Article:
Beetlejuice at The Orpheum Theater

Production photo from Bettlejuice

Beetlejuice is based on the 1988 Tim Burton film of the same name, it’s a film I’d seen a couple of times but not in a long time. On a rewatch in prep for this touring production, I was surprised at how little the character of Betelgeuse is actually in the movie. That is something this Musical adaptation or perhaps more accurately stated, riff on the original, changes for the positive. It’s safe to say if you come to Beetlejuice expecting a faithful adaptation of the film you are going to be disappointed…briefly. Once the show gets going, which is pretty much from the moment the curtain rises, you’ll be so entertained you won’t be able to hold those expectations in your mind, you’ll be too distracted by the spectacle on stage. And by spectacle I’m referring to Betelgeuse. I’ve talked before of the over reliance on adapting movies into Broadway musicals, sometimes they are fine, just as often they are ever so less than fine, but more rarely they are improvements on the source material. Beetlejuice belongs squarely in the latter camp. Is it Les Miz? No, but if you are going to a musical named Beetlejuice, I hope you had your expectations set squarely in the entertainment camp not the emotionally resonant camp. As an entertainment and a visual feast of theatrical showmanship, Beetlejuice is like Affleck in Phantoms, the bomb.

Beetlejuice is not just a funny show with good songs and wonderful cast, it’s also a visual treat

Bravo to the the creative team behind the show, Scott Brown and Anthony King who wrote the book and Eddie Perfect who wrote the music and lyrics for not being afraid to throw away the movies script and marking out their own path. There are some basic elements that are the same but more differences than there is the same. But fear not, the two musical moments everyone knows and loves from the film are intact. How could they not be? Surely it was those moments that inspired someone to think of turning the property into a musical in the first place. The primary changes are to have Betelgeuse enter the story from the very beginning and a subplot about Lydia’s dead mother. Betelgeuse is the star of the show, it’s the anarchic spirit of the bio exorcist that gives the show it’s anything can happen energy. Having him there throughout the entire show rather than just turning up for a few bursts of comedic chaos gives the show it’s momentum. His storyline which is to become human gives the show the engine that progresses the plotLydia, whose family has moved into the house of the recently deceased Adam and Barbara, gives the show it’s heart. Her loss of her mother informs every decision she makes and it allows for her characters journey to be wildly different from the film and makes the character of Lydia much richer than simply a disaffected teenager. As for the songs, they are usually of the funny over the top audience pleaser variety but among the best of that style, they’re post-modern, a little bit raunchy, and a whole lot of fun. It starts from the second song, “The Whole ‘Being Dead’ Thing” which is basically Betelgeuse singing directly to us. There are a couple of more serious songs that Lydia sings that are really quite beautiful like “Prologue: Invisible”, “Dead Mom”, and especially “Home”.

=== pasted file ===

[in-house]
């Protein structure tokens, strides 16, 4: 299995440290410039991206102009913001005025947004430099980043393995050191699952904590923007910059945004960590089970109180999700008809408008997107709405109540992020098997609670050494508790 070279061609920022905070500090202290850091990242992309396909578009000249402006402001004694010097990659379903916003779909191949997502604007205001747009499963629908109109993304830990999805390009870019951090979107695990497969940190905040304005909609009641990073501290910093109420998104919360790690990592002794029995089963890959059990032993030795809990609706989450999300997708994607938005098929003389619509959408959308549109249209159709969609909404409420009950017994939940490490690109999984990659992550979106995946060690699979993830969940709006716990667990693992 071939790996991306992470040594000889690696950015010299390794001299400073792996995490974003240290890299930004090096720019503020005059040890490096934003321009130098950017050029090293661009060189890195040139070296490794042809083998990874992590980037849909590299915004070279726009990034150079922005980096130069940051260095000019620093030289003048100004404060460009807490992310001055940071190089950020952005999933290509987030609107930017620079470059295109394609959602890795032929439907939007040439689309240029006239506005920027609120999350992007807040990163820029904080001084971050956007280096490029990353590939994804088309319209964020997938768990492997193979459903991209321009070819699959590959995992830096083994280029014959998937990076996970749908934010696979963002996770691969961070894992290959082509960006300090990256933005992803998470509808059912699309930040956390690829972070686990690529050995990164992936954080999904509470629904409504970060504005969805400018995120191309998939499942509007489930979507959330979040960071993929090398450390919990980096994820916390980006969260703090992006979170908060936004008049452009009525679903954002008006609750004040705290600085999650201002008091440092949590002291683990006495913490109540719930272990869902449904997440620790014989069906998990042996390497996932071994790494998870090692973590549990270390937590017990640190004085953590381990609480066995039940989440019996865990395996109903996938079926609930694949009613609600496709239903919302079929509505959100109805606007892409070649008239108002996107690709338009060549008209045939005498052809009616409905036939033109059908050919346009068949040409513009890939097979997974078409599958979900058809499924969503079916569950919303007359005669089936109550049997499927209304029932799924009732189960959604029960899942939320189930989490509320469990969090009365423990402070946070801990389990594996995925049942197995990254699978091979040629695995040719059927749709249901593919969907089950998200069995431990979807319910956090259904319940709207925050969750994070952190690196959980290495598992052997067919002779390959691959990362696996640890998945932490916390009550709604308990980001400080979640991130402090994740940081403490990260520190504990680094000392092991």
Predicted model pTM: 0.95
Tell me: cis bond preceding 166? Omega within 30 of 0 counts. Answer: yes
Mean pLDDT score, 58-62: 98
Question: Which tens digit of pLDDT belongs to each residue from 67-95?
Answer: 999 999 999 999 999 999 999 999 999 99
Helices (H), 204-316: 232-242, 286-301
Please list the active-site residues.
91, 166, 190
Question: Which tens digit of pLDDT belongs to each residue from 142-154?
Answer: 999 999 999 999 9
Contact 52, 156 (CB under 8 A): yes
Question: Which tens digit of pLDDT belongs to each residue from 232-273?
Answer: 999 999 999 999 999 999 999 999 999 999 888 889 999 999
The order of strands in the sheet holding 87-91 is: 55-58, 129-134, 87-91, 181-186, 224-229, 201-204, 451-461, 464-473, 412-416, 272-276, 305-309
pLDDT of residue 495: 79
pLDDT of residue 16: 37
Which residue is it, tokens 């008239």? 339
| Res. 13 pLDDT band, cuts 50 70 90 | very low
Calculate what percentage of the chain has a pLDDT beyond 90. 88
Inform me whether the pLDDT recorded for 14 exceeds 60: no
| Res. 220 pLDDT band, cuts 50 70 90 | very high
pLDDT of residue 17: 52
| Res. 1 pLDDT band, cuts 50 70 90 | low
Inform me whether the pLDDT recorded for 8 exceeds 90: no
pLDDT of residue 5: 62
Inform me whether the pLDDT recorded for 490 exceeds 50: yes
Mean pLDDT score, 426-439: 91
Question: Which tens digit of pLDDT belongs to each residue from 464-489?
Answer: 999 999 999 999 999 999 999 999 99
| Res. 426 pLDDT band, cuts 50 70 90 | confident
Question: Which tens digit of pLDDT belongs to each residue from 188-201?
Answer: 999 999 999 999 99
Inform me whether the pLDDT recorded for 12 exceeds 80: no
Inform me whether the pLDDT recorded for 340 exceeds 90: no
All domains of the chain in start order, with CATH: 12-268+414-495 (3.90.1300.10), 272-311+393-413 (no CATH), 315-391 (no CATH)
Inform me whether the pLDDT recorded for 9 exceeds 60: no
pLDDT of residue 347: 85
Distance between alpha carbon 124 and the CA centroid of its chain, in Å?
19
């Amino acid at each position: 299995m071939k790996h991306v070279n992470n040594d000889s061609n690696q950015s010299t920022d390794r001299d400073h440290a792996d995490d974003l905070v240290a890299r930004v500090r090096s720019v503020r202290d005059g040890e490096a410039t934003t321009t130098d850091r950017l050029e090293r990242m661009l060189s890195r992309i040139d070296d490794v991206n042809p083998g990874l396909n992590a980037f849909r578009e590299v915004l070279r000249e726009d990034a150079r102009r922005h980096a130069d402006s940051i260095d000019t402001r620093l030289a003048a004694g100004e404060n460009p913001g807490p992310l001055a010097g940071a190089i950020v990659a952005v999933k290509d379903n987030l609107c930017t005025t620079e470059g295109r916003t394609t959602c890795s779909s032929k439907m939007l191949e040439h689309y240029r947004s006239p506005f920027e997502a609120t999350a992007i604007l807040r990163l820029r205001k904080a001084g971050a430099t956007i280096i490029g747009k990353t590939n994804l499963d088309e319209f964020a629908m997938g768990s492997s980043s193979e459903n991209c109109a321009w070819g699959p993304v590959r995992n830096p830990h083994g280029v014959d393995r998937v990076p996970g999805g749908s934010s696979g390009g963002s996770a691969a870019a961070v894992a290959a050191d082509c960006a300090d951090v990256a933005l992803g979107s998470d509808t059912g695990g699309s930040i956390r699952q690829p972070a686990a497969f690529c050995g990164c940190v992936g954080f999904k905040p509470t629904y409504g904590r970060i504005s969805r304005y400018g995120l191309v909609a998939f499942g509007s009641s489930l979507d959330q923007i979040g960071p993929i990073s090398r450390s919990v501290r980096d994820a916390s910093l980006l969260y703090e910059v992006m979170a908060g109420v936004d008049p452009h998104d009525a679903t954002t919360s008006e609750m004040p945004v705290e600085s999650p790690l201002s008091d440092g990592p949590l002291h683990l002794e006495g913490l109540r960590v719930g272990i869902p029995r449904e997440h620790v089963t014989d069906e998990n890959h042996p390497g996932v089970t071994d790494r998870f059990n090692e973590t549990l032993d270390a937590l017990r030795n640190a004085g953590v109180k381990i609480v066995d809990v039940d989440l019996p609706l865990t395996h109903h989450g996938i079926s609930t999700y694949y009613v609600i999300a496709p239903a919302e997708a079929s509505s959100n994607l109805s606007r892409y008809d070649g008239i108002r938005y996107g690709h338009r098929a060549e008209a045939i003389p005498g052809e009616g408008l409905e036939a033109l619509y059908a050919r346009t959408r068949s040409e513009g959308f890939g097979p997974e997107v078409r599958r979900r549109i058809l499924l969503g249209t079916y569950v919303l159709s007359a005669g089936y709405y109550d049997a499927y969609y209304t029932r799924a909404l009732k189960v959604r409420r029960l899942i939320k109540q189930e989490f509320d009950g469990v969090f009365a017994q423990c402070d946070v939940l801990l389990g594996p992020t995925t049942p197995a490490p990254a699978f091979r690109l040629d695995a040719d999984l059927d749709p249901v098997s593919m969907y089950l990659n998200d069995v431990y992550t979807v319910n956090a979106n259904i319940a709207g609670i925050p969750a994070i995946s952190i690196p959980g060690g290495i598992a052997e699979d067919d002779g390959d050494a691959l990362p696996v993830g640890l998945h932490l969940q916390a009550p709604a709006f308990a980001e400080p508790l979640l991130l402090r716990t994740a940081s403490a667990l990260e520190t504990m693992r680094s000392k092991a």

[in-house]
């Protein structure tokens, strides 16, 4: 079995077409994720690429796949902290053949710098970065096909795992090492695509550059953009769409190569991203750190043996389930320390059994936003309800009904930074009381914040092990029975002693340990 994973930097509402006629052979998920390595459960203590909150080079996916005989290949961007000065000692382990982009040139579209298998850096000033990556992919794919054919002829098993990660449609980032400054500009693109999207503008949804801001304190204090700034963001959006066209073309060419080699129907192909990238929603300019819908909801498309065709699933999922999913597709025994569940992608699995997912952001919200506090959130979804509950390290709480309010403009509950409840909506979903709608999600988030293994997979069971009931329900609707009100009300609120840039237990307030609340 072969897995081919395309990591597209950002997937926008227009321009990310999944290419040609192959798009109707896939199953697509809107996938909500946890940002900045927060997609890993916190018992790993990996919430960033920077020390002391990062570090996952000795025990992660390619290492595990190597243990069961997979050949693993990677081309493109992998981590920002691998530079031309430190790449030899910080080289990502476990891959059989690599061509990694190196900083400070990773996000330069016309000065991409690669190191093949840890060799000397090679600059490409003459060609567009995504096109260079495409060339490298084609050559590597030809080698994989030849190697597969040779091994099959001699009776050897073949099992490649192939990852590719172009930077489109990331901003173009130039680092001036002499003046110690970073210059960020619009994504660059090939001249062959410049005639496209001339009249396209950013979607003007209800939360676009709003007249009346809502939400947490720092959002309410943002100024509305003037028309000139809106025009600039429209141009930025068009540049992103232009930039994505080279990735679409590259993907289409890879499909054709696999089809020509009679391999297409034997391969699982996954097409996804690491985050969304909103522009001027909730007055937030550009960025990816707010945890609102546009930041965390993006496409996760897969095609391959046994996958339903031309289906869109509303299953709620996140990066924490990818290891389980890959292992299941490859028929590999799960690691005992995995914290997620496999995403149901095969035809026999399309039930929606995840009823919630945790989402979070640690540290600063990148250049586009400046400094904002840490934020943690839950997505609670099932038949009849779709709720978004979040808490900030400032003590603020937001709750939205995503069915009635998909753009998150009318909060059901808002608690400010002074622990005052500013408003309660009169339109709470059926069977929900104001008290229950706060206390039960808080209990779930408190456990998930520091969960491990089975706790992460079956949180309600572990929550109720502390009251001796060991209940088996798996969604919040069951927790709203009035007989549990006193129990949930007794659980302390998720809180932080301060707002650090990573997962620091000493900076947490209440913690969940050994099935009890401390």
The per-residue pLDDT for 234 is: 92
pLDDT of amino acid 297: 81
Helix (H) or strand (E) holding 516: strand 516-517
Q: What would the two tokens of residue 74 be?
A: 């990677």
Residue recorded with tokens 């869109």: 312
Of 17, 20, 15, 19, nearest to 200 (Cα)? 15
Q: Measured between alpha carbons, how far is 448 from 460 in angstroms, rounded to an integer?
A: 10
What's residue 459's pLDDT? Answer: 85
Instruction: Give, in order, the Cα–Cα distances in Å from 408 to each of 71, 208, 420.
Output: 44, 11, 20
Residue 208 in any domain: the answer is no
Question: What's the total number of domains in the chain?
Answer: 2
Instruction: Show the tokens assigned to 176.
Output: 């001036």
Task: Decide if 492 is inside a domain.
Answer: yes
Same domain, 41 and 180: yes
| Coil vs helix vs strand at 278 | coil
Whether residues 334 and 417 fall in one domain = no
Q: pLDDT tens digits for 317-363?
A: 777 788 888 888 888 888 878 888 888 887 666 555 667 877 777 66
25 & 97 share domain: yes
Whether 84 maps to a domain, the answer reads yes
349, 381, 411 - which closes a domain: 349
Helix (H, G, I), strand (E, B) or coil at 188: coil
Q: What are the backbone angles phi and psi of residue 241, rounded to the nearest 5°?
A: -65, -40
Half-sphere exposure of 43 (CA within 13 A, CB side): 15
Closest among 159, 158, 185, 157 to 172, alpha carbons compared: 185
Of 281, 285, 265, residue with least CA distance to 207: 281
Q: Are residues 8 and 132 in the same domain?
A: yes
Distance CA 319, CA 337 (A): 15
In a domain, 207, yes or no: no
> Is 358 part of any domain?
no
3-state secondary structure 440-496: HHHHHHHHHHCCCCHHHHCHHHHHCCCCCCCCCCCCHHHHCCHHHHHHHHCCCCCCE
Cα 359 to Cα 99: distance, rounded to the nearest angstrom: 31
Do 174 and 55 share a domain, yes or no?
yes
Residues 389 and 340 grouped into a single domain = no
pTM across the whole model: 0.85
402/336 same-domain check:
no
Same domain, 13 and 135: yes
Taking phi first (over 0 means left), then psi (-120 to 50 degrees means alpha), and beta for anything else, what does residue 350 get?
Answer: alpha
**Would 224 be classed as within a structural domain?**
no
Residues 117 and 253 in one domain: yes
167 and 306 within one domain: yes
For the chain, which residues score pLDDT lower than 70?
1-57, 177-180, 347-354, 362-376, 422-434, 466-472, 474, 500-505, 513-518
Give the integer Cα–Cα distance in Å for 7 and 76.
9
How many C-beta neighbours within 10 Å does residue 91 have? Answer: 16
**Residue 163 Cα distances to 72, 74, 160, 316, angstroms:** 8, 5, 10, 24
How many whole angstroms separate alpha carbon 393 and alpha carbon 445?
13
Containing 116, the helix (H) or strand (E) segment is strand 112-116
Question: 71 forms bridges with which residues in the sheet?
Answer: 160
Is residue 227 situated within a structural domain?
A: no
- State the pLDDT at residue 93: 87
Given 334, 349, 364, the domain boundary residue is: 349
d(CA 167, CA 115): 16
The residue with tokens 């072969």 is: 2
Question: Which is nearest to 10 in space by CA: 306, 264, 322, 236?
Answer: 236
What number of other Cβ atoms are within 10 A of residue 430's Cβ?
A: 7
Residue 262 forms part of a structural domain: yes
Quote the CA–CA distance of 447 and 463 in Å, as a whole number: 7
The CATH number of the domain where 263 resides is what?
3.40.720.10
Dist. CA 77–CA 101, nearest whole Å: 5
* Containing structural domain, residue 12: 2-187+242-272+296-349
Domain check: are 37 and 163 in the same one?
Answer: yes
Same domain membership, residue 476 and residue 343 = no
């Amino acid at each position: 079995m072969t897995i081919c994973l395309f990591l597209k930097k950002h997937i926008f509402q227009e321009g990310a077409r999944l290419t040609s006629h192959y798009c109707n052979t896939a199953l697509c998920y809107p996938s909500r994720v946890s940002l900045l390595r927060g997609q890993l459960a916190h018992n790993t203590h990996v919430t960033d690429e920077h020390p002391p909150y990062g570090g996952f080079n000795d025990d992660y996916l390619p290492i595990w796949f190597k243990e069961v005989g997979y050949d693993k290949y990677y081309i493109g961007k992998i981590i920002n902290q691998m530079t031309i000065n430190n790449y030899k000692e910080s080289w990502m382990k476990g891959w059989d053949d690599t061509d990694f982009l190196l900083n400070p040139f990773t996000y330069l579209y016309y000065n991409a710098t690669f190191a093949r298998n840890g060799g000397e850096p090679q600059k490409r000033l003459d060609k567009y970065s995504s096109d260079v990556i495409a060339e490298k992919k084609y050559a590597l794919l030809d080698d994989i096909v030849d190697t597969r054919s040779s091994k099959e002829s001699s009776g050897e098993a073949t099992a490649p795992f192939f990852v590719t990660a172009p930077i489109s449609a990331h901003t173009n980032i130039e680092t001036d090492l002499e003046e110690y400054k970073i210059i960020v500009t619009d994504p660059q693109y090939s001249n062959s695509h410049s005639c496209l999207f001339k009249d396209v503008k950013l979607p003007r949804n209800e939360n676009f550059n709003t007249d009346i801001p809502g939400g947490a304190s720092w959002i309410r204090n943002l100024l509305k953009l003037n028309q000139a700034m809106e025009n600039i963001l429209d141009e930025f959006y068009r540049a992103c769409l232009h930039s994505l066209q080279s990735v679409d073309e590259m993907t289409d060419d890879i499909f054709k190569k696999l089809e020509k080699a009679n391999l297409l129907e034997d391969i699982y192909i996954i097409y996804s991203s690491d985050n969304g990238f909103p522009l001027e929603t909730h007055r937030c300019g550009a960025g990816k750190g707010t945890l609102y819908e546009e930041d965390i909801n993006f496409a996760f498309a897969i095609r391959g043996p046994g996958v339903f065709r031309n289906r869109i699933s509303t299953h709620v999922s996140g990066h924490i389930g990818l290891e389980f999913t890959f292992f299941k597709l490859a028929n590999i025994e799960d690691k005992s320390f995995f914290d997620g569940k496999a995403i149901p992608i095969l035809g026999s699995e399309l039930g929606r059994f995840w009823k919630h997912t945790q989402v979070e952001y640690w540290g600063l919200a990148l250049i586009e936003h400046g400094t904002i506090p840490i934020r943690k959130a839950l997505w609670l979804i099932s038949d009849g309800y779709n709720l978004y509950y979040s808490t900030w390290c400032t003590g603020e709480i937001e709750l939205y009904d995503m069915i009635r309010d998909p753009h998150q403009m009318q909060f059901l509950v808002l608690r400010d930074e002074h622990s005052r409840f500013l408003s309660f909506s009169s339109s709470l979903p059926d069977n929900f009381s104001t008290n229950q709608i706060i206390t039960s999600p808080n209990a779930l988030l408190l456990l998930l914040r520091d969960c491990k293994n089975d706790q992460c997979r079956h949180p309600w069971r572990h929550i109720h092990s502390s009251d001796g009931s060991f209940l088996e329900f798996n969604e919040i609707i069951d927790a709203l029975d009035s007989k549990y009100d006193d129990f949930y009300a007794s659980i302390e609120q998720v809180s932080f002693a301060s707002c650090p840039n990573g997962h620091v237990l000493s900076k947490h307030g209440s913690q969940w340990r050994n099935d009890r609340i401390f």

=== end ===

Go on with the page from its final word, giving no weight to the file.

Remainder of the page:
Now the main character is in the title and Matthew Michael Janisse is fantastic as Betelgeuse, he sings and talks with short of a gravelly voice but gets a couple of moments here and there to show us he also has some more traditional vocal skills. Janisse embraces the chaos of the character and is like a live action Looney Tunes character, one with a highly developed sense of dark humor. As great as Janisse is and believe me, he is, the one that knocked my socks off was Isabella Esler as Lydia. I told my wife that in the car on the drive home, as I sat down to write and perused the Playbill a little more I discovered this is Esler’s, a recent high school graduate, first professional acting role. I was playing some of the original Broadway cast recording to refresh myself on some of the songs and hands down Esler blows the Broadway Lydia away in the vocal department. For a brief period she teams up with Betelgeuse and she matches his playfulness perfectly, this young woman has a bright future ahead of her. The rest of the cast are all good, I want to get this resolved up front so you don’t spend the entire show distracted by it. Will Burton who plays Adam, the recently deceased homeowner, will remind you of Mikey Day from SNL. It’s not him, but that’s who he’s reminding you of so now you can move on. You’re welcome. 

Beetlejuice is not just a funny show with good songs and wonderful cast, it’s also a visual treat from the costumes and set design to the various projections used and puppets including a giant sand worm. It all has the look of one of Tim Burtons’ stylish films in just the right way. Beetlejuice runs through September 24th at the Orpheum theater as part of the Hennepin Theatre Trust’s Bank of America Broadway on Hennepin season. For more information and to purchase tickets go to

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Photo by Matthew Murphy, 2022

Headshot of Rob Dunkelberger
Rob Dunkelberger

Rob is a member of the Twin Cities Theater Bloggers and their podcast Twin Cities Theater Chat as well as a syndicating contributor to Minnesota Playlist. Read all his content